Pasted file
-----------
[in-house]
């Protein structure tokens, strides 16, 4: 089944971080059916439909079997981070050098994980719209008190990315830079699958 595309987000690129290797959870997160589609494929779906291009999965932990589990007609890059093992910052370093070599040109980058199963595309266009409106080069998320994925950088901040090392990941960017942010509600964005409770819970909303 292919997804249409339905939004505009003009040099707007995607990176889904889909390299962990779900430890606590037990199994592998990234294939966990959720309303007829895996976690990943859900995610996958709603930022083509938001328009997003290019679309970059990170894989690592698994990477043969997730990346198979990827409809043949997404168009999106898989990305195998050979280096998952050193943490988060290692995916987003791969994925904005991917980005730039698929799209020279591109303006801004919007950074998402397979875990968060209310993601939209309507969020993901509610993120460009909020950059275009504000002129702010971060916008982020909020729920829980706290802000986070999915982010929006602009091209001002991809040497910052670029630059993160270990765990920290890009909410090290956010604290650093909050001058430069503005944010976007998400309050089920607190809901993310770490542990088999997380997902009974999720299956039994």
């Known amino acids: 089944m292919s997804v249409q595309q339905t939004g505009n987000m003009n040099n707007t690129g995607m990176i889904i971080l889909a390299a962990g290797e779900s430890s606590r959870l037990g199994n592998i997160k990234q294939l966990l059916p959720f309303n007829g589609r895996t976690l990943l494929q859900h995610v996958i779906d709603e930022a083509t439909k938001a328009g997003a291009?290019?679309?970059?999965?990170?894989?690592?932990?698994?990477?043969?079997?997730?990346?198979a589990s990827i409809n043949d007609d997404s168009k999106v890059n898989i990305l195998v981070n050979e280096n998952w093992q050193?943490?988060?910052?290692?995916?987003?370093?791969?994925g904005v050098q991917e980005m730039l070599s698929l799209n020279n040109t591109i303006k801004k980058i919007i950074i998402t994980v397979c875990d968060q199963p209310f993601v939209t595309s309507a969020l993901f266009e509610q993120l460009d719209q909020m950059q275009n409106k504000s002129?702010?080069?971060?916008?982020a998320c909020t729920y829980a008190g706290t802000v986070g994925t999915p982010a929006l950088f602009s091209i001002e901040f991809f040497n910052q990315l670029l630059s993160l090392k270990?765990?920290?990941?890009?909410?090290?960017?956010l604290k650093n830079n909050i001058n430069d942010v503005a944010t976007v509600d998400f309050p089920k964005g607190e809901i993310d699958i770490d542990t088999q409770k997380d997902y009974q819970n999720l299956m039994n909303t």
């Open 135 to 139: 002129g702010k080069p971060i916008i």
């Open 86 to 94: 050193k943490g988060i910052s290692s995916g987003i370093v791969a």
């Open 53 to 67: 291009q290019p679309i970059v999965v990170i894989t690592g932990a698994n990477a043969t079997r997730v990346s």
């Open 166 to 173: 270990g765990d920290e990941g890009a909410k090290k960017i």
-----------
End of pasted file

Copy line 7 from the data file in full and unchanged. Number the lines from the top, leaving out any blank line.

């Open 166 to 173: 270990g765990d920290e990941g890009a909410k090290k960017i």